Larry Nassar Abused "Dozens" More Victims While the FBI Sat on Allegations for Over a Year

"In many instances they [sexual allegations] were reported and, almost without exception, the people that they were reported to didn't respond”

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The FBI and the U.S. Olympic Committee sat on allegations for over a year that could have kept Larry Nassar from abusing more young victims, according to a new congressional report.

The scathing report, spearheaded by Sens. Richard Blumenthal, Jerry Moran and other members of a Senate Commerce subcommittee, says the FBI barely acted on evidence of the sports doctor’s sexual misconduct, and further accuses Michigan State University, where Nassar saw patients, USA Gymnastics, and the U.S. Olympic Committee of failing to act in defense of Nassar’s victims.


Nassar was far from a “lone wolf,” Blumenthal told NBC on Tuesday. "He was enabled by others, and if they lied about it and if they obstructed the investigation, if they destroyed documents, then they should be held accountable." The senator described it as a cover-up, perhaps not criminal but at least "in spirit."

The FBI hiding Nassar's allegations for so long, however, led to the abuse of "dozens of additional amateur athletes," according to the report.

A damning point in the report notes Nassar continued to work for MSU 420 days after the FBI received credible allegations against him in July 2015. Instead of probing into Nassar’s misconduct, the FBI “failed to pursue a course of action that would have immediately protected victims in harm’s way.”

Even though the FBI knew about the allegations, Nassar continued to see patients at MSU until Aug. 20, 2016. He only stopped working when former gymnast Rachael Denhollander filed a complaint against him a day earlier.

The report found emails by USA Gymnastics in September 2015 attempting to coordinate interviews and connect victims with FBI investigators, which only led to the FBI interviewing U.S. Olympian McKayla Maroney. According to the report, she described Nassar’s misconduct — he molested her hundreds of times while under his care, starting when she was just 13 — to the FBI over the phone. However, when she was interviewed a second time, in 2016, “the FBI did not acknowledge the 2015 interview or explain why they had not yet acted on the information provided in the 2015 interview,” according to the report.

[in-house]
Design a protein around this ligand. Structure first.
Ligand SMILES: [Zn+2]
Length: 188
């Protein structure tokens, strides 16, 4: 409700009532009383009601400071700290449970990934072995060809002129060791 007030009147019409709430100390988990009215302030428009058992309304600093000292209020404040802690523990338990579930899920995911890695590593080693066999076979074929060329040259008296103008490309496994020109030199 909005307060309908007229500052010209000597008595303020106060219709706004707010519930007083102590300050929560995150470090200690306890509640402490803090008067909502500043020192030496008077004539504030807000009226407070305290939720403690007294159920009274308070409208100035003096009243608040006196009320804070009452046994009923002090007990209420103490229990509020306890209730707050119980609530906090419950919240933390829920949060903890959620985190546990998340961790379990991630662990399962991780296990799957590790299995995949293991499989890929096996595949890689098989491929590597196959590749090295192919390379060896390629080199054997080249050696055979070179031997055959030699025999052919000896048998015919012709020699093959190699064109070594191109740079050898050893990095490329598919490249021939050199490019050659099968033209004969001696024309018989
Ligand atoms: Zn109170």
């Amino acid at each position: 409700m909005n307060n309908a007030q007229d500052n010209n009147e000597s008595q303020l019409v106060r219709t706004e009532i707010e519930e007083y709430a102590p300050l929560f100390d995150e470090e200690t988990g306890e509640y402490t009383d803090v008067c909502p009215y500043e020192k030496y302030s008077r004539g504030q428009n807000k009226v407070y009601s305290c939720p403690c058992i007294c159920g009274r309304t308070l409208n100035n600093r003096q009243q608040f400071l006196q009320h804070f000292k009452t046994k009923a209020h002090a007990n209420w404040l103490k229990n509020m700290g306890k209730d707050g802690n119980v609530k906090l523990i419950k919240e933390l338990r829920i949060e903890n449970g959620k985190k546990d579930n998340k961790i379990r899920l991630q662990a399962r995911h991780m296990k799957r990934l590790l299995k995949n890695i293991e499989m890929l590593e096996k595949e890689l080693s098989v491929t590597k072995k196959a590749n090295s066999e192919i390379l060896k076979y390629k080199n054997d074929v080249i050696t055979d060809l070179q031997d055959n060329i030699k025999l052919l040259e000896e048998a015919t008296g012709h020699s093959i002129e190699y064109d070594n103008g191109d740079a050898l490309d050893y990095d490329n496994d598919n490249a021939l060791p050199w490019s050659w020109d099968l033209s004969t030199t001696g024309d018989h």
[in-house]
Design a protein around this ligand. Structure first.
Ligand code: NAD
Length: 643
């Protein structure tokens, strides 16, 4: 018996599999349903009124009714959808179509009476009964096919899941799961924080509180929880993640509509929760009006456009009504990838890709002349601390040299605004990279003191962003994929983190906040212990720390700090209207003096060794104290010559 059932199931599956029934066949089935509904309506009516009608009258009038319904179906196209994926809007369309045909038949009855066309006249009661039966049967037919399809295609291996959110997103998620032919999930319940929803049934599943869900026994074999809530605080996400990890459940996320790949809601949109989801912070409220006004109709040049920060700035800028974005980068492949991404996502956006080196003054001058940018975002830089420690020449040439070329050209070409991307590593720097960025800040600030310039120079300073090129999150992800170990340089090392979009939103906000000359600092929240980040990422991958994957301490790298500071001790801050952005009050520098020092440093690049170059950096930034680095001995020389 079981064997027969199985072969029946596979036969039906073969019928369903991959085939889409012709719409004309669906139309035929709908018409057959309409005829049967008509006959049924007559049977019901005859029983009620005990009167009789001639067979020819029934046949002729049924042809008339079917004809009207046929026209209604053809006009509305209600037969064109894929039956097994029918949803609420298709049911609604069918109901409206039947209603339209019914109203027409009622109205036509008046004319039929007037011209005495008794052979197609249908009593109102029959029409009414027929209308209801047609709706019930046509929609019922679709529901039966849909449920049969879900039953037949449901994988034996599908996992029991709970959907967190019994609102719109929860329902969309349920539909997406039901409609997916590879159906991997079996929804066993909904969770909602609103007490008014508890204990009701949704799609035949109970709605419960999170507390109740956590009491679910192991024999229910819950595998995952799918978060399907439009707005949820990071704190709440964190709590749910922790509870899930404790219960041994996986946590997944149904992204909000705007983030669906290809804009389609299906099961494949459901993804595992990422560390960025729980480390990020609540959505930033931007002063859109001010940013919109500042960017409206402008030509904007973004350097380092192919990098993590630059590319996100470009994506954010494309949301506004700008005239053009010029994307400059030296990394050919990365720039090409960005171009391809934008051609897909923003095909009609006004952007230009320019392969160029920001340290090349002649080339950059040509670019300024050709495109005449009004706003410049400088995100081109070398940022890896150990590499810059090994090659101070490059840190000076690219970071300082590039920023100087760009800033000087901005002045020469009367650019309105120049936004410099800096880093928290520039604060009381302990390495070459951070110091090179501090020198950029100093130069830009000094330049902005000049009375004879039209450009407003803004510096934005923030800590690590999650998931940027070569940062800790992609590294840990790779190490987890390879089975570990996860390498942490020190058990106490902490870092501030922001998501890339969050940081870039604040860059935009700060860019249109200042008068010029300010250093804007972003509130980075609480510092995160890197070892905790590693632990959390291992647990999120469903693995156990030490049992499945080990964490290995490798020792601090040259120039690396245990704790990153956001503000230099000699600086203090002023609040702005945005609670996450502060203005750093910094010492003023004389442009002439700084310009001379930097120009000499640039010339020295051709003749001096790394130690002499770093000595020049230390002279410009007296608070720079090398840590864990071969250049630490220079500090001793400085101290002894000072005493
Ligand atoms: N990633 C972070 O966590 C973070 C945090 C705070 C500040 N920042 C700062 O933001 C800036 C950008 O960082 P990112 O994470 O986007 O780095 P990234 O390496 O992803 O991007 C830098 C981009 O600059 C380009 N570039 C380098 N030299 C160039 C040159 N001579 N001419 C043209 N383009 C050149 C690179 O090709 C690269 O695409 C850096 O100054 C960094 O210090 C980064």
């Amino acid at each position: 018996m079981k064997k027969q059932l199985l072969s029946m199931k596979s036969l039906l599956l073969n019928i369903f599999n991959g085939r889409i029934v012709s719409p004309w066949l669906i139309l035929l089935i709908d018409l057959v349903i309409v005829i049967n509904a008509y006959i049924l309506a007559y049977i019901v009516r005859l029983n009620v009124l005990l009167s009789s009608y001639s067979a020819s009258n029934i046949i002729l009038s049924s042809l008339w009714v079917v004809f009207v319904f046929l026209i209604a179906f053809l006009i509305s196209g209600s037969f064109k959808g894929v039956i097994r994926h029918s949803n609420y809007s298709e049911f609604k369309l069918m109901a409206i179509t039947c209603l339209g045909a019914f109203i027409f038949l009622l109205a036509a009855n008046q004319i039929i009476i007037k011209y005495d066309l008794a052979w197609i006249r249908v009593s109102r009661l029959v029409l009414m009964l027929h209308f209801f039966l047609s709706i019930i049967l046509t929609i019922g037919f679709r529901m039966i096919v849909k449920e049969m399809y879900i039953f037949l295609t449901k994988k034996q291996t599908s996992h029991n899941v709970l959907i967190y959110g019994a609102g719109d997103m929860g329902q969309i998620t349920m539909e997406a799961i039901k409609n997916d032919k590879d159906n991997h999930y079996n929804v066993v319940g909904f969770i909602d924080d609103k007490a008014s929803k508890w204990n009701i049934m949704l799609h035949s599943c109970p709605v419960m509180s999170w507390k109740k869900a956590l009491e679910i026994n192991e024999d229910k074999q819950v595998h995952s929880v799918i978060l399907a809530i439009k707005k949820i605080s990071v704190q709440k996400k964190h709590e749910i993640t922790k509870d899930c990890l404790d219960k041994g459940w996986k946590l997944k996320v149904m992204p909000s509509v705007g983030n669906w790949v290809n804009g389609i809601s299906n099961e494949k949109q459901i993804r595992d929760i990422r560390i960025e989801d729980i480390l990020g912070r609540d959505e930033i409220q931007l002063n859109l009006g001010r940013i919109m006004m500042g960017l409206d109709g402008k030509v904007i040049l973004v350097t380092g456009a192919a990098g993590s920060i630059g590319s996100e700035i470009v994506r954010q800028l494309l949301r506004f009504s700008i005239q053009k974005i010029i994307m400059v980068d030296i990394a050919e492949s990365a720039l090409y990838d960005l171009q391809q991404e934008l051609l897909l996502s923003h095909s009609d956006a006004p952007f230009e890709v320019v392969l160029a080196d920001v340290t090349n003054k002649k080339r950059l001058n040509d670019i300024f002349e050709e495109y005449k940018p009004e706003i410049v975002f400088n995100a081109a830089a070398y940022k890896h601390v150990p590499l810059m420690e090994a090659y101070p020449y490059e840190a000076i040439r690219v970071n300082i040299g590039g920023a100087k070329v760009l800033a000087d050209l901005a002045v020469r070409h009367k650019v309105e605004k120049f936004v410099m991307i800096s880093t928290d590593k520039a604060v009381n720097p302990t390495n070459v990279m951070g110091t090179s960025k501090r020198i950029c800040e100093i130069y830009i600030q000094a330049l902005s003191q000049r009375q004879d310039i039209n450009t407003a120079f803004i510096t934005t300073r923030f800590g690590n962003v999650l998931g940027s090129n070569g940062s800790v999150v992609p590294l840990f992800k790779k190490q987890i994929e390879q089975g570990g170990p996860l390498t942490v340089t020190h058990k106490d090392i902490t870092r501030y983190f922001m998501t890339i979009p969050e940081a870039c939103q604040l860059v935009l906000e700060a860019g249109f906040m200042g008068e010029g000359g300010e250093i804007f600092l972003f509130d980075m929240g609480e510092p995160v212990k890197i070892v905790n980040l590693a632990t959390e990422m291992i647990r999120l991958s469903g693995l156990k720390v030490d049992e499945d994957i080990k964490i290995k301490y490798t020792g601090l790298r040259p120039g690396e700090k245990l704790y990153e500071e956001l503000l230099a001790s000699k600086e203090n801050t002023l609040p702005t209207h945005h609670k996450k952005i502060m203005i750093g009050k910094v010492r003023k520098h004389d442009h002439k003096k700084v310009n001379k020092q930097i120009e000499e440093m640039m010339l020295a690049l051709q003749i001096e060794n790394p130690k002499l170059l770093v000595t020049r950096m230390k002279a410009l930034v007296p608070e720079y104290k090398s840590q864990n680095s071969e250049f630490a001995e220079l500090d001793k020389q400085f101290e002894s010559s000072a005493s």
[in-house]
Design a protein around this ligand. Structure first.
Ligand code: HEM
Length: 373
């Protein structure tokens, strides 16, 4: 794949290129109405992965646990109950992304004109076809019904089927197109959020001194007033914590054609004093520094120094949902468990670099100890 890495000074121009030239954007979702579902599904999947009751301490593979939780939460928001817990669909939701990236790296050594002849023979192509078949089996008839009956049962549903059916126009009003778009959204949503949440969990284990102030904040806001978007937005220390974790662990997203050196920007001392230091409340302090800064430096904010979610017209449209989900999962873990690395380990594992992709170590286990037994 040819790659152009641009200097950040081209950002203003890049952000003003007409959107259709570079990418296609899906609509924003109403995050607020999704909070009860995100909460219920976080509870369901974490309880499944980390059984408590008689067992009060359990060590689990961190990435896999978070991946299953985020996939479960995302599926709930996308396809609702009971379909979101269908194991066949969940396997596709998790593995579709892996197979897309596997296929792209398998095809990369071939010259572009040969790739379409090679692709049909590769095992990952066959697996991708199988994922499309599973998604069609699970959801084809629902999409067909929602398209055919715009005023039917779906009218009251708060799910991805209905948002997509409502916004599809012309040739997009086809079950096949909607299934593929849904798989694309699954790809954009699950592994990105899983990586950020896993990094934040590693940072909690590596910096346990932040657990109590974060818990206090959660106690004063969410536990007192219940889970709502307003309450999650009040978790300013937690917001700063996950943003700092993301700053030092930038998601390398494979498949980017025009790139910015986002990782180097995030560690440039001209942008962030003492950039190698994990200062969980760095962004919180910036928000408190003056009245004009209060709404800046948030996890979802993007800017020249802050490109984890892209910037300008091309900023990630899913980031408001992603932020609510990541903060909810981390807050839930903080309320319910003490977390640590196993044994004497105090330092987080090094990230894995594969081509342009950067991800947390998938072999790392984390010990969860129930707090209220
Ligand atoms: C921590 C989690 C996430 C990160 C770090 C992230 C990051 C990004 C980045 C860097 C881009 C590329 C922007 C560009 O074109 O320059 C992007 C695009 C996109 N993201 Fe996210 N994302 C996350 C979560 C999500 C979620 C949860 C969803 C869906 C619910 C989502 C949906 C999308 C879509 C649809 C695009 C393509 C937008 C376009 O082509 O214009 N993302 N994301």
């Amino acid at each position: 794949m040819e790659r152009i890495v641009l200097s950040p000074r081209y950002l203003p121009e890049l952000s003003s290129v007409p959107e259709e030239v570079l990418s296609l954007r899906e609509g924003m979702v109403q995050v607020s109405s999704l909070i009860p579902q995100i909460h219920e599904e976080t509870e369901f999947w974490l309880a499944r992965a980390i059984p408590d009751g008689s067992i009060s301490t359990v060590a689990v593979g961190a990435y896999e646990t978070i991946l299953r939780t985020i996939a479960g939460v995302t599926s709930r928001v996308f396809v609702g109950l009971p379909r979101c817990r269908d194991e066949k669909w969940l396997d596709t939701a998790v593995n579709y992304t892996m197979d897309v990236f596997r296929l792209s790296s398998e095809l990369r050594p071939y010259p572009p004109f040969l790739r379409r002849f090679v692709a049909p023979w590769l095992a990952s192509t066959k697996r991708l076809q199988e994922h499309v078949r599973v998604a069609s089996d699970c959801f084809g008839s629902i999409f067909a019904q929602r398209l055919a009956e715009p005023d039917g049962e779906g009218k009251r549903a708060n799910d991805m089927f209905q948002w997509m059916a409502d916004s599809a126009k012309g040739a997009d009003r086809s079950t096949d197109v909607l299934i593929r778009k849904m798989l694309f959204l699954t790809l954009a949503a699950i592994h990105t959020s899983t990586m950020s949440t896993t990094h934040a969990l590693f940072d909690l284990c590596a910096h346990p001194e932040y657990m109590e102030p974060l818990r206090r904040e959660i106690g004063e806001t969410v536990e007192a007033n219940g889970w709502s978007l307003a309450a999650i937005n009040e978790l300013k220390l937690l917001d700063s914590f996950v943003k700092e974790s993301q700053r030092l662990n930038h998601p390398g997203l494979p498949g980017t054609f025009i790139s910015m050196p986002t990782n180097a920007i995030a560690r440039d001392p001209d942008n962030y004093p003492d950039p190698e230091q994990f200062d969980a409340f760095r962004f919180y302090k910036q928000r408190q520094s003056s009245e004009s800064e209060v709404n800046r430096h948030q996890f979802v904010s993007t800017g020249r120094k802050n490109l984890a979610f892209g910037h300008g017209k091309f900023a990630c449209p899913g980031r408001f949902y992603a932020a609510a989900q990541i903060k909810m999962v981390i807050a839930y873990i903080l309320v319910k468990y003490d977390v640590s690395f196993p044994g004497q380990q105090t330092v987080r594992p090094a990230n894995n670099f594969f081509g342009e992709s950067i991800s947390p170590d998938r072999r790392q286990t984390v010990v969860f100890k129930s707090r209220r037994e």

"In many instances they [sexual allegations] were reported and, almost without exception, the people that they were reported to didn't respond,” Sen. Moran said in an interview with NBC.

The FBI helped USA Gymnastics hide the truth about Nassar, according to the report, when Steve Penny, the then-head of USAG, “expressed to the FBI his desire to ‘body-slam’ reporters investigating the Nassar situation” on Sept. 7, 2016. In 2018, Penny was arrested for tampering with evidence that would have assisted the investigation into Nassar.

Nassar is now serving up to 175 years in prison for abusing women and girls under the guise of medical care, and USAG faces 100 lawsuits representing over 350 athletes across the nation who suffered from Nassar’s treatment while they failed to act.

Though Nassar only pleaded guilty to assaulting 10 minors in January 2018, more than 150 women came forward with graphic testimonies of how they had been groped, fondled, assaulted, and raped by the sports doctor.

Along with the report revealing the collusion to bury the doctor’s dirty deeds, the Senate on Tuesday introduced the bipartisan Empowering Olympic and Amateur Athletes Act, to improve oversight and prevent future abuse. If Congress deems it necessary, the USAG and USOC boards might be dissolved.

But the CEO of USOC, Sarah Hirshland, told NBC that the legislation has sections "that, while conceptually appropriate, could result in unintended consequences and disruption for athletes in operational reality.”

The FBI has declined requests for comment.

Editor's note 7/31 9:40 a.m.: This story has been updated to clarify how many more victims were abused by Nassar during the FBI's inaction.

Cover: A survivor of sexual abuse by Larry Nassar in the USA Gymnastics system speaks about her experience during a conference in the Kennedy Caucus Room in the Russell Senate Office Building Tuesday, July 24, 2018. (Photo By Sarah Silbiger/CQ Roll Call) (CQ Roll Call via AP Images)